In regards to the Oct. 26 article referring to future core curriculum: just who the hell does Paul Sypherd think he is?
In the very first paragraph of the article, Sypherd makes it very clear that he has no concern for faculty viewpoints concerning education at the UA. This is coming from a man who is lucky if has spent an hour in a classroom in the last 20 years, whether as an instructor or an observer.
It is painfully obvious that the biggest concern that Sypherd has is to educate undergraduates as cheaply as possible, regardless of the quality of education. He is under the pubescent illusion that three to six weeks of study in a topic is enough to give the average person a level of competence equal to that of, say Aristotle.
Later in the article, Dean Holly Martin Smith mentions that "We want the class to teach students to be informed consumers of social science research. We also want students to realize the social structures that influence our lives." Does this collection of fools honestly believe this can be done in a semester, let alone three to six weeks? If this were true, people who have been in the social sciences field would have solved the social afflictions of the United States a century ago.
Paul Sypherd's classroom experience in education is limited and also severely outdated. His idea of a decent student is a Xerox copy of 4,000-7,000 incoming freshmen being taught the exact same thing, without capitalizing on their individual talents and interests. They will be spoon-fed the same information (most likely via videotape because it is more cost-effective). The result: a large group of automatons who are unable to generate an original, inspired or creative thought between themselves.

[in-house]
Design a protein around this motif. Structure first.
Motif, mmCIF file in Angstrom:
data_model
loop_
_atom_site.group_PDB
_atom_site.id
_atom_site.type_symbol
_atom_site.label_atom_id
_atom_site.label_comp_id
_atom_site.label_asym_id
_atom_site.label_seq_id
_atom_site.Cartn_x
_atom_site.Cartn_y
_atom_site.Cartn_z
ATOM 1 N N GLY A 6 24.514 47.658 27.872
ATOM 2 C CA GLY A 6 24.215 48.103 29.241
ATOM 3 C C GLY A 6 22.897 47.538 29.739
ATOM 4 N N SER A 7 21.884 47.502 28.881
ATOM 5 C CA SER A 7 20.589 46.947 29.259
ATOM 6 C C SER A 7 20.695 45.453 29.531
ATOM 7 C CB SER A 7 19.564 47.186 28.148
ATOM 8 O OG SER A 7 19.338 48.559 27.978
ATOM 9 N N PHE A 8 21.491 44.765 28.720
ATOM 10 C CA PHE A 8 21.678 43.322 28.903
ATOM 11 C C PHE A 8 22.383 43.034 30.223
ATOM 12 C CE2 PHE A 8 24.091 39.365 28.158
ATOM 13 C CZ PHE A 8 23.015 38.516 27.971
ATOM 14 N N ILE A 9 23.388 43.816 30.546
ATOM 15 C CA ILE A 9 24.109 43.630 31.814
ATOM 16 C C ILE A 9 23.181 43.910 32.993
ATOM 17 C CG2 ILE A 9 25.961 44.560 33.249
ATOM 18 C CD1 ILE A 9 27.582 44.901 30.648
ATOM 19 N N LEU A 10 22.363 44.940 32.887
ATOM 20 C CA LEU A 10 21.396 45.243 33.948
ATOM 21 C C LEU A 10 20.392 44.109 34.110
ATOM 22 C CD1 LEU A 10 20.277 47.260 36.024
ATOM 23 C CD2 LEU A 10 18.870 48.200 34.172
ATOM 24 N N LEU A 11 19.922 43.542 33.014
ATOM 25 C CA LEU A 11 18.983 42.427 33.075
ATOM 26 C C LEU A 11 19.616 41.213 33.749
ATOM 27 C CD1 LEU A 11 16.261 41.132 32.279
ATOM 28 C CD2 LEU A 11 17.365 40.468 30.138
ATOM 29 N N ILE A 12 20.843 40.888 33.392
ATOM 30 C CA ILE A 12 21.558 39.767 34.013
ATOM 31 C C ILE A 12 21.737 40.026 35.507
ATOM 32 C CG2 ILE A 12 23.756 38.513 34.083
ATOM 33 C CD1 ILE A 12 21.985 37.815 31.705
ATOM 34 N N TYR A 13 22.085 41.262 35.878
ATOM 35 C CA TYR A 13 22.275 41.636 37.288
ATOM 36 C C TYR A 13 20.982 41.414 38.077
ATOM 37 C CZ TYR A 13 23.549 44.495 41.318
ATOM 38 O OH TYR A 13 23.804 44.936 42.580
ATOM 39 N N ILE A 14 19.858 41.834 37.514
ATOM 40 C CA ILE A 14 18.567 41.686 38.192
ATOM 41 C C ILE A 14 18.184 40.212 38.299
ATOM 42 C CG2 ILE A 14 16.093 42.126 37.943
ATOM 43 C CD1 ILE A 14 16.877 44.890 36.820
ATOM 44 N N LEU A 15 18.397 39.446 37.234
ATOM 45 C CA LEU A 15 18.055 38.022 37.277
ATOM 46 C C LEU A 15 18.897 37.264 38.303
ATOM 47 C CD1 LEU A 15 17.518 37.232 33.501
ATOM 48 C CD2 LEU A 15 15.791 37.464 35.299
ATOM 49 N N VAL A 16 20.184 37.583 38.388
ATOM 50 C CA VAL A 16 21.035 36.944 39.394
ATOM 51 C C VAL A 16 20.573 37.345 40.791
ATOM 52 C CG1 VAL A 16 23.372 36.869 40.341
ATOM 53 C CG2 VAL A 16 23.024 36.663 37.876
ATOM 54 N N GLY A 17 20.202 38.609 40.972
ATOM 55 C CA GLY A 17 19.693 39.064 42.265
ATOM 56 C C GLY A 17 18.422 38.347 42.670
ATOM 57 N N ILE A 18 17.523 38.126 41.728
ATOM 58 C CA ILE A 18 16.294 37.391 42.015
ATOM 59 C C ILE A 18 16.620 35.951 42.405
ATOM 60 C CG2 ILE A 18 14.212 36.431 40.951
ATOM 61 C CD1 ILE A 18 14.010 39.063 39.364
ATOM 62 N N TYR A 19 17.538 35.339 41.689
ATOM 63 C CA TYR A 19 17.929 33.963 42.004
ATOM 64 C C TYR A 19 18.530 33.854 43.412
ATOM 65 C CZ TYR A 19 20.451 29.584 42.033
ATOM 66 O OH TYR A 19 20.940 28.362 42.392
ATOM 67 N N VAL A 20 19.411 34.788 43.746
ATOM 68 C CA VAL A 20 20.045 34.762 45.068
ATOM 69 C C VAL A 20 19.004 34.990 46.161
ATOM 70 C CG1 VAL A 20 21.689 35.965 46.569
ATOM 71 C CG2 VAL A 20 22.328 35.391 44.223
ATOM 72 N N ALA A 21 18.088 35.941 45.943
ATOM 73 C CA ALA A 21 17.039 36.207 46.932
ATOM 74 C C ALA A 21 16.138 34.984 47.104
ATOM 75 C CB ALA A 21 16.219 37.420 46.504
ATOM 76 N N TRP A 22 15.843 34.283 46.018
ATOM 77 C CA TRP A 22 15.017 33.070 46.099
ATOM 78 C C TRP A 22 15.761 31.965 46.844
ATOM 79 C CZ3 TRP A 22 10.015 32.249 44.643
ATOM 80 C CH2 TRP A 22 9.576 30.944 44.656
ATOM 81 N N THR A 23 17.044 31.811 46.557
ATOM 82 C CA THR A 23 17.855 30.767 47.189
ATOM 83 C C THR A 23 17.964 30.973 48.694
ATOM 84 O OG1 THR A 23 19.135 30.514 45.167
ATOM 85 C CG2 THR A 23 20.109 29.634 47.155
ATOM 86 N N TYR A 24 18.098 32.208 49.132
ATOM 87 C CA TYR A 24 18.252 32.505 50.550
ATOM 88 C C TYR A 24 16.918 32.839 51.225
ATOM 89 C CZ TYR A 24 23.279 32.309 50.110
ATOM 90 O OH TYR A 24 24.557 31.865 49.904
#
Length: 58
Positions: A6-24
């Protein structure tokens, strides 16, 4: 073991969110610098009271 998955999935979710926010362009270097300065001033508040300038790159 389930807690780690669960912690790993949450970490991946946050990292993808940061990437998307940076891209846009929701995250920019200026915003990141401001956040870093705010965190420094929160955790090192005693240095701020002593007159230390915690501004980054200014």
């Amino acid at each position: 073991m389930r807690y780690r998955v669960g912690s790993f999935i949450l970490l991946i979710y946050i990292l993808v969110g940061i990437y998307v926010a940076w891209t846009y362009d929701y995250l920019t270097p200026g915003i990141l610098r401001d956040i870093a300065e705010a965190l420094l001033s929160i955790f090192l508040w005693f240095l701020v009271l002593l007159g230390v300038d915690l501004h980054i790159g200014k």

On top of all of this, there is another question. If there is such a shortage of funding for departments and undergraduate education at this university, where did the millions of dollars for a new campus and administrational pay raises come from? Mr. Sypherd, you and the rest of the administration need to quit your perpetual lying. Drop your personal egos and get about the business of doing your jobs; that is, fix the UA before you screw something else up.
Thomas E. Tolley
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